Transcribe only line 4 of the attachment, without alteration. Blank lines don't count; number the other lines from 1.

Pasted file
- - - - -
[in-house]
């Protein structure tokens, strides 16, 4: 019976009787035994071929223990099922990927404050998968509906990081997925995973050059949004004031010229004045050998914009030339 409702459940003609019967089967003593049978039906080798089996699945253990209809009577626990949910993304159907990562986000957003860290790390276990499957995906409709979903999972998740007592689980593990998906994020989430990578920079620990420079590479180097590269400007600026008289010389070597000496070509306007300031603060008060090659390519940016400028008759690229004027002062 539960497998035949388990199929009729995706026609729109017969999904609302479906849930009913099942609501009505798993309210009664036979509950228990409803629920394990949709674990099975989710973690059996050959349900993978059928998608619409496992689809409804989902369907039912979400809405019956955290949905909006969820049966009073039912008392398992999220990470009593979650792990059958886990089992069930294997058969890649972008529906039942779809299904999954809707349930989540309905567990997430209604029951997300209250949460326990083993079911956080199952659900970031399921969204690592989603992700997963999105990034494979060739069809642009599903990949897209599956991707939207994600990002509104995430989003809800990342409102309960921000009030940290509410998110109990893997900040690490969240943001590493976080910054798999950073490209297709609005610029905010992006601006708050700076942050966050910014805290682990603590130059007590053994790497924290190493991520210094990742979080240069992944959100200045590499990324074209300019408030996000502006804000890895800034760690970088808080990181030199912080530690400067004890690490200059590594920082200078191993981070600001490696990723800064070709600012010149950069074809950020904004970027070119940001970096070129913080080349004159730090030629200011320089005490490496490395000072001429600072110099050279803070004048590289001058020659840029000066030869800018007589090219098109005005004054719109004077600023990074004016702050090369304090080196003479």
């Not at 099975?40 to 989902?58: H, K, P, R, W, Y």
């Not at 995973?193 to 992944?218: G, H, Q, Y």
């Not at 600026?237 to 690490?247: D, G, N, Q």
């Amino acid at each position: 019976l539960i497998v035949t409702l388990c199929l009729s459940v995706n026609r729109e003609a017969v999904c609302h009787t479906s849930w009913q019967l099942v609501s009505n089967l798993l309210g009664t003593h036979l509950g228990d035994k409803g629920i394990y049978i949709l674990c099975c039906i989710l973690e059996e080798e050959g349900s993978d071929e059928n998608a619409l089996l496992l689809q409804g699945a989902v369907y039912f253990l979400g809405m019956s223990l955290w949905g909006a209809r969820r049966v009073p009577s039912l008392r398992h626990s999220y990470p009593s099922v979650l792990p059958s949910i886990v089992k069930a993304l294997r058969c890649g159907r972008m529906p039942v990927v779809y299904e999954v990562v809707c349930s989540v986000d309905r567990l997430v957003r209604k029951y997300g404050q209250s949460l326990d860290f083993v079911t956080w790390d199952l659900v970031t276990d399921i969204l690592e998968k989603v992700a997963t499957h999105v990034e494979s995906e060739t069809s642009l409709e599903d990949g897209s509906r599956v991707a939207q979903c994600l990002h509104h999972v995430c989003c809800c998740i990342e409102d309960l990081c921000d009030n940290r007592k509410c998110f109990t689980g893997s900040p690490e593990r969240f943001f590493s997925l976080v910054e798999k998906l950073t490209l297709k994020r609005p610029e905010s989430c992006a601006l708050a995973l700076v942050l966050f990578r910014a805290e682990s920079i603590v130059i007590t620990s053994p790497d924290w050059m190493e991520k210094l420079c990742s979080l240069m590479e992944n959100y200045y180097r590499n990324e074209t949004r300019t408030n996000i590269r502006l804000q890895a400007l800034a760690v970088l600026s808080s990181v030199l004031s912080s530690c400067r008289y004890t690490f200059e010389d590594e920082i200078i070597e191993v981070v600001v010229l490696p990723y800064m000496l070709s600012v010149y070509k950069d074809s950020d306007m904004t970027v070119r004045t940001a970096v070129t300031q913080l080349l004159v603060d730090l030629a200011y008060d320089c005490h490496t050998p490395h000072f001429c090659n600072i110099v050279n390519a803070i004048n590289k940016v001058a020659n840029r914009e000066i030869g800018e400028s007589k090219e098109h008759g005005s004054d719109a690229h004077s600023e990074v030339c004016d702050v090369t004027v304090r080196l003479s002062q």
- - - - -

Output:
């Not at 995973?193 to 992944?218: G, H, Q, Y």